Another issue with bat waste is the damage it can cause. Bat urine is acidic. In fact, it’s so acidic that it can corrode metal. Furthermore, over time, bat droppings can build up in piles. In cases where a bat colony has harbored in a home for a long time, ceilings have been known to collapse under the weight of the droppings.

Another problem with bats in your Katy home is the possibility that you’ll come into direct contact with them. Once bats get into your attic, it’s likely that a bat or two will find its way into your living space. While extremely rare, bats can carry rabies. Coming into contact with a rabid bat carries serious health consequences.

Everything You Can Do To Humanely Prevent Bats Around Your Home

Bat mitigation should be near the top of your fall to-do list. By taking a few practical steps to prevent bats from getting into your house, you can avoid the problems they cause. This also helps ensure the safety and continued growth of the bat population since you won’t have to resort to lethal methods of control.

The best advice when it comes to humanely preventing bats around your house is to seal any entry points into your home. Bats typically enter houses around the upper levels, so looking along your roof line, eaves, and chimney is critical. Any gaps, cracks, or holes that you find must be fixed, sealed, or caulked. If you have any windows in your attic, make sure they are closed and sealed. Chimneys should be capped and screened to prevent bats from entering your house through your chimney.

Another way to help prevent bats around your property is to make sure you keep insect populations low outside. Bats won’t frequent your area if they can’t find a good food source there. To keep insect populations low, make sure your property is as free of excess moisture as possible, keep your grass trimmed, cut foliage back, and remove lawn debris.

If you don’t want bats in your house, but you like the idea of them getting rid of bugs around your property, you may consider installing a bat box somewhere away from your house but on your property. These boxes should be installed in an area with a lot of direct sunlight, 10-20 feet off the ground. Be aware that this will bring bats to your area, so first making sure that your home is fully excluded and protected is essential. 

Why Bat Removal Should Always Be Left To The Experts

Doing everything you can to make sure your home is secure and protected from bats is a great thing to do this fall. However, if you need help completing your prevention methods, or if you come to the unpleasant realization that bats have somehow already gotten into your Katy home, you need Modern Pest Control. As a bat control company in Katy with over 70 years of experience, we offer the bat removal and exclusion services needed to safely and effectively protect your home from bats and the problems they cause.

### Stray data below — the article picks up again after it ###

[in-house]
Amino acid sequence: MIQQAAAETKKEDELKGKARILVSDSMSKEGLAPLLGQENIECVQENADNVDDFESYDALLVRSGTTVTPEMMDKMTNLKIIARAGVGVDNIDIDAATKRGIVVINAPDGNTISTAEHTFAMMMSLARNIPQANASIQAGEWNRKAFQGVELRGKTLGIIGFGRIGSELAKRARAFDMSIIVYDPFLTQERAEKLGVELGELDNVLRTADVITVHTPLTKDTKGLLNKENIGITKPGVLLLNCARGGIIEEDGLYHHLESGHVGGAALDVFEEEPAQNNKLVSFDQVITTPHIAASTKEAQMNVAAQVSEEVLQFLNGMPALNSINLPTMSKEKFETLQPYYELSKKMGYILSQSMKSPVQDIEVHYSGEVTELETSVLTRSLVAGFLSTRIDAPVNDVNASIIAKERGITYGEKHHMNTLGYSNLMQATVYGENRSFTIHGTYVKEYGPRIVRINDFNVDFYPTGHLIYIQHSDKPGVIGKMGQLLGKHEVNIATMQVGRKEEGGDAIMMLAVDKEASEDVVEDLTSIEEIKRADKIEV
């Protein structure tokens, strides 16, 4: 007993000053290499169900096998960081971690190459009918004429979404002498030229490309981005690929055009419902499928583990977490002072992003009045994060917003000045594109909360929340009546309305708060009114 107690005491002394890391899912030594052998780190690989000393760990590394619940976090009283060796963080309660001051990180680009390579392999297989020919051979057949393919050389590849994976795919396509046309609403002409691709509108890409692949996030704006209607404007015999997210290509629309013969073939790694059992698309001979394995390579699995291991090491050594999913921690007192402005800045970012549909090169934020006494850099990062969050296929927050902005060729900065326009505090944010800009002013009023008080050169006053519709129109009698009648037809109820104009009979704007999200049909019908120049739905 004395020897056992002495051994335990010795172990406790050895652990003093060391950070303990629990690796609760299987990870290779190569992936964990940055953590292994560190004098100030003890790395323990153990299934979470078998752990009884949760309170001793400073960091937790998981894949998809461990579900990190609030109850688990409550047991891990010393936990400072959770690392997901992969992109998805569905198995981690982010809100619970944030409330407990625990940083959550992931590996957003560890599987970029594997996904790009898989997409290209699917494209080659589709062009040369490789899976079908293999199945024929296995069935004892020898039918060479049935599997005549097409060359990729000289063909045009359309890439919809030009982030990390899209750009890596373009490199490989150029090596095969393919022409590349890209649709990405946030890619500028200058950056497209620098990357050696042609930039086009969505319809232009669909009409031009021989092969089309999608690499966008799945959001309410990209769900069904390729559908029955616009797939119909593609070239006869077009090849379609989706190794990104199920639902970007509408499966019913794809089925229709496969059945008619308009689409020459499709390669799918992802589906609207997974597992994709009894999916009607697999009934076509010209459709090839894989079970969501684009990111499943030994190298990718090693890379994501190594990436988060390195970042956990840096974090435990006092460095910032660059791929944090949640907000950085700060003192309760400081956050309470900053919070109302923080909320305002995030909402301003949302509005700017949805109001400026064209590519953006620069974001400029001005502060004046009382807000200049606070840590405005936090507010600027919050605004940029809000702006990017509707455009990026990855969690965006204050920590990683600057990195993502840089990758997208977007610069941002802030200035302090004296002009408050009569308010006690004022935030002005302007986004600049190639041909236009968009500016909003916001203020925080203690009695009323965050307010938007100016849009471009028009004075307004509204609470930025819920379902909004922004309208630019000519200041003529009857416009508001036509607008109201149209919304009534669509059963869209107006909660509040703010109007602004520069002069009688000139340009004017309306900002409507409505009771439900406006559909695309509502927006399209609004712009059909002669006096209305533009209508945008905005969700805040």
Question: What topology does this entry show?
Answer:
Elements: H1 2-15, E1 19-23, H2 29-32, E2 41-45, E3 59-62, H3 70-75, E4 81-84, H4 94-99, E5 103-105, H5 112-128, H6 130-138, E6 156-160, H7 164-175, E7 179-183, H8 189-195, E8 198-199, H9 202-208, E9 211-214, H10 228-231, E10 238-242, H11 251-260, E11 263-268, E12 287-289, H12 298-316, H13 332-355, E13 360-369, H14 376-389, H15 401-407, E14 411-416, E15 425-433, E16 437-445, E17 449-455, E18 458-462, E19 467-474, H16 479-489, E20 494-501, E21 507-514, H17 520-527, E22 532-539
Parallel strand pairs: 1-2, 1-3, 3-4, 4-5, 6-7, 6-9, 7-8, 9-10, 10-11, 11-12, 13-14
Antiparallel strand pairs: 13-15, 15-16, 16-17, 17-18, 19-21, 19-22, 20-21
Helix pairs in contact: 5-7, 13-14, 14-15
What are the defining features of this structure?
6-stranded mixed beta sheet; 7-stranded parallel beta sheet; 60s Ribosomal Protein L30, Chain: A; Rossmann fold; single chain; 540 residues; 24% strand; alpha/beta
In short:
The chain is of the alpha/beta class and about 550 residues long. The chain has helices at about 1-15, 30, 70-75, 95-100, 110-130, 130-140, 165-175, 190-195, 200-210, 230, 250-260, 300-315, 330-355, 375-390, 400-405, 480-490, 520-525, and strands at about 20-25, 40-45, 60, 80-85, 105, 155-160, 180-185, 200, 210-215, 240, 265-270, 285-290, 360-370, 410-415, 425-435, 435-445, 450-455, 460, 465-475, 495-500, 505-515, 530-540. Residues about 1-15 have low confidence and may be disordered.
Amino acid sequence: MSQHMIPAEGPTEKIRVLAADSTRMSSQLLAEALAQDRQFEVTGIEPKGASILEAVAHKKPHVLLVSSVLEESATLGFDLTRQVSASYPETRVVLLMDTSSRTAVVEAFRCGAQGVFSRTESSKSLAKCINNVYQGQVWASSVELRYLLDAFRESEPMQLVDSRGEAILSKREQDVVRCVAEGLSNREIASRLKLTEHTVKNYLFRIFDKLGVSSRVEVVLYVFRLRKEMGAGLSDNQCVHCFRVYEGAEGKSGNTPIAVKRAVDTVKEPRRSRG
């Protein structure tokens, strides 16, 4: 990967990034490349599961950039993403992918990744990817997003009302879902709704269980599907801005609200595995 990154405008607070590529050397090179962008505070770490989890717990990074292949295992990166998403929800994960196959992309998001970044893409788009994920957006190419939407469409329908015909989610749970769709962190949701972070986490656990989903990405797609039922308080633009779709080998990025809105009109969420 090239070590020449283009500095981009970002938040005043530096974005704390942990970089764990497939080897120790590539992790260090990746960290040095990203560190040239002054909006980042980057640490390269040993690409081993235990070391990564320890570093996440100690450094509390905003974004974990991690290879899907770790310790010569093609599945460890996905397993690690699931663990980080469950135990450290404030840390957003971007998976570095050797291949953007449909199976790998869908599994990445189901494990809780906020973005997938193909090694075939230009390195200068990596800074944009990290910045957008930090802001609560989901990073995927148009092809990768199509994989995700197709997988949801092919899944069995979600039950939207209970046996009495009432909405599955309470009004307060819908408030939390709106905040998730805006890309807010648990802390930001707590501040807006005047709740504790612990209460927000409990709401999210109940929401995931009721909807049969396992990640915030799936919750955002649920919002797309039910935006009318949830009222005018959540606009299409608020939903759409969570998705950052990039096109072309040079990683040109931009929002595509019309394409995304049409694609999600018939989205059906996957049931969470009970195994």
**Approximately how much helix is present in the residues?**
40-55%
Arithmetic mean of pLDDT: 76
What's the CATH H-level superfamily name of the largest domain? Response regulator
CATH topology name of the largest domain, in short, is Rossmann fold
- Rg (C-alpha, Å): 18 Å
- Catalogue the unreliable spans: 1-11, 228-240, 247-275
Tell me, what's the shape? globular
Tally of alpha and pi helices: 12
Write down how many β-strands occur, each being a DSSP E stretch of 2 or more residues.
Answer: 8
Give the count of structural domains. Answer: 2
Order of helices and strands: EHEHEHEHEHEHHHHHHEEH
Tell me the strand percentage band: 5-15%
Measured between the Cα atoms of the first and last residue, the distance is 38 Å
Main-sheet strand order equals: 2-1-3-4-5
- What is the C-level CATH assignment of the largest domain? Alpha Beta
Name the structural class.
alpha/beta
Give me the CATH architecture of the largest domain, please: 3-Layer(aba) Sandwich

Bat removal may seem like something you could tackle on your own, but there are several reasons why it’s wise to leave it to the experts. First, if you don’t have the tools, equipment, and training, it can be dangerous. As mentioned earlier, bats can carry diseases, so trying to capture them, or going into your attic and disturbing their space, could result in illness or injury.

Another reason why bat removal should be left to the experts is because if it isn’t done right, the bats will either remain in your house or will return again later. Knowing how to both ensure their full removal and their full exclusion is essential for effective bat control. At Modern Pest Control, we know how to do both safely and effectively.

Finally, it’s smart to call the experts for your bat problem because we know how to humanely remove the bats. We won’t hurt or kill the bats that are in your house, but we will make sure they get out of your house. Because bats are so important to our environment, we make sure that our methods protect both the bats and your house.

If you hear noises in your attic or walls, have found bat droppings on window sills, or have seen bats flying out of your house in the evening, don’t wait another minute to call Modern Pest Control. Fall is the season when bats will be looking for a place to spend the winter, which means it is also the season when you should be doing everything you can to make sure they don’t spend their winter with you.

For exclusion services and bat removal near you, the experienced professionals at Modern Pest Control are ready to assist you. We combine our decades of experience with the latest, most advanced methods of service in our industry to ensure you receive the results you need for a safe, bat-free home. Contact us today.